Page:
December 17, 2012
Had I written this a month ago, or even a week ago, it might have been cheerful. But after still another murderously deranged young man, it’s hard to write even a sentence that does not contain a scream. What kind of society breeds, even fosters, such behavior?
What kind of world allows the mother of a 20-year-old who did the killing to own three or four guns, at least one of them an automatic capable of shooting a roomful of people multiple times without reloading? What kind of world allows that mother not to know that her troubled son will seize these guns, kill her, and then go to a school and kill 20 young schoolchildren, a school principal, a psychologist, and several other teachers? My letter will go to many of you in Africa, the Middle East, Europe, Latin America, and Asia. You don’t have this problem, though some of you, as in Israel for example, do have many civilian gun owners. I ask you, in some desperation, What is wrong here?
And can it ever be fixed?
I will stop and get to my news. I and many friends spent the better part of the year working for and worrying about the reelection of President Barack Obama, and we were much relieved to be rid of the possibility of a Romney victory. I am still moderately optimistic about what President Obama can do in the four years ahead of us, though we have enormous problems, given the money that still funds such reactionary anti-labor legislation as was recently passed in Michigan. And though I vowed to give only one paragraph to the murders above, can the President do anything to tighten gun registration laws, as well as to ban automatic weapons from civilian use?
Some of you know already that I had a worrisome medical problem that needed immediate surgery, and that was delayed by Hurricane Sandy. Though many victims of Sandy are still homeless, I was declared free of cancer, six weeks ago. During the next six weeks, I hope to return to the gym and the swimming that has kept me moderately fit.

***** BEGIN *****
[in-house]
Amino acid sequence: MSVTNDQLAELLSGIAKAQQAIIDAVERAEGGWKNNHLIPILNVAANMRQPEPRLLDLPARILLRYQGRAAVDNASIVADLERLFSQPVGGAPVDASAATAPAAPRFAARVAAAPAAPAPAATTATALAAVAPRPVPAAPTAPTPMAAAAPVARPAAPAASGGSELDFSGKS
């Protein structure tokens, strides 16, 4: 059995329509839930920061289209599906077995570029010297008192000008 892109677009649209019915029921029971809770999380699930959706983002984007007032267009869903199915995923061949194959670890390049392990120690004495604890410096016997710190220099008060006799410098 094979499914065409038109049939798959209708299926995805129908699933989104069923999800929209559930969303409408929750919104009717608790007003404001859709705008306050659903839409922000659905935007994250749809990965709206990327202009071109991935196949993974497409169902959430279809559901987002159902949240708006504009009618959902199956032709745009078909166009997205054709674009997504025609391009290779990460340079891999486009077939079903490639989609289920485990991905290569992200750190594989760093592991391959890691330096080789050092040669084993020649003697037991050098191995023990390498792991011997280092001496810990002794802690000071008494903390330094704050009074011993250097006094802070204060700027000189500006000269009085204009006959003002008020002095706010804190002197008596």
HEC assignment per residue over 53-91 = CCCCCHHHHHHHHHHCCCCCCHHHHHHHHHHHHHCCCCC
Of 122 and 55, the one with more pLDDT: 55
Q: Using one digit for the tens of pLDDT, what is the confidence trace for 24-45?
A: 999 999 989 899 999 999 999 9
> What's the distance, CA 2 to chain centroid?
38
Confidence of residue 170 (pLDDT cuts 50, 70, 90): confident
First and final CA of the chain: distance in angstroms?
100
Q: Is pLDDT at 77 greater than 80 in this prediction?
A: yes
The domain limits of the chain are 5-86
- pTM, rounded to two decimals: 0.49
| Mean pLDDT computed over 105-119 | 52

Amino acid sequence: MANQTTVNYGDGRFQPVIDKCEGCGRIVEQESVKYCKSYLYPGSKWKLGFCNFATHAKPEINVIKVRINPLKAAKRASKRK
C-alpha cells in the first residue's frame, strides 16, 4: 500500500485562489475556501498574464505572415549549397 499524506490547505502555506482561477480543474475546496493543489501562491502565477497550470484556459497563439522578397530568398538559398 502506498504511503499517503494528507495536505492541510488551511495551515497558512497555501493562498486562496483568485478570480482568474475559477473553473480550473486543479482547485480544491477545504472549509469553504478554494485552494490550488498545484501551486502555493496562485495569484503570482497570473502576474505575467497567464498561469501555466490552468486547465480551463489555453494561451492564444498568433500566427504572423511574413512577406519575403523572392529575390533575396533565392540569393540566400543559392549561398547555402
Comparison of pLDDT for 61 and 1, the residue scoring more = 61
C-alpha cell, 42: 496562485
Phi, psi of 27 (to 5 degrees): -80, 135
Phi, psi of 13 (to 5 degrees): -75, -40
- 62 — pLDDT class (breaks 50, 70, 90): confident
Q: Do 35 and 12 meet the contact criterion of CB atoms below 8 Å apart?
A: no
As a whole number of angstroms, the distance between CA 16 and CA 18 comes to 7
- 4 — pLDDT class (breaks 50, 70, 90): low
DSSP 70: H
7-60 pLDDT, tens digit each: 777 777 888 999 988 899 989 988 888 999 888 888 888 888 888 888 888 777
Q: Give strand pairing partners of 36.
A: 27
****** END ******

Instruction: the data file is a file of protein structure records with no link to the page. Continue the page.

Family news: Daughter Alice has moved to Topeka, Kansas for six months to care for Jack and Maben’s baby Mina, now nearly six months old and sister to Kennedy, now three. And Jack and Maben have moved into a new house. Granddaughter Doctor Florence moved to New York in July to work as a resident in radiology/oncology at Mount Sinai Hospital. Son David, now Washington Bureau Chief of the Los Angeles Times and daughter-in-law AnnJ have moved into their new home in Washington, D.C. Their daughter and my granddaughter Miriam will finish Yale in June and take up a lab job at NYU here in New York. Goddaughter Marietta, a tenured professor at Catholic University in D.C., is now on sabbatical and will be coming to live with me here in New York while she acts in a one-woman play being written for her. So, yes, I have a lot to be thankful for, including lots of company here in New York City. In the aftermath of Sandy and my surgery, Don Thomas, Jorge Cao, and Yoya, their Maltese, came to stay with me for four days, since they live in lower Manhattan where there was no electricity. For me, all joy and laughter, far better than pain killers.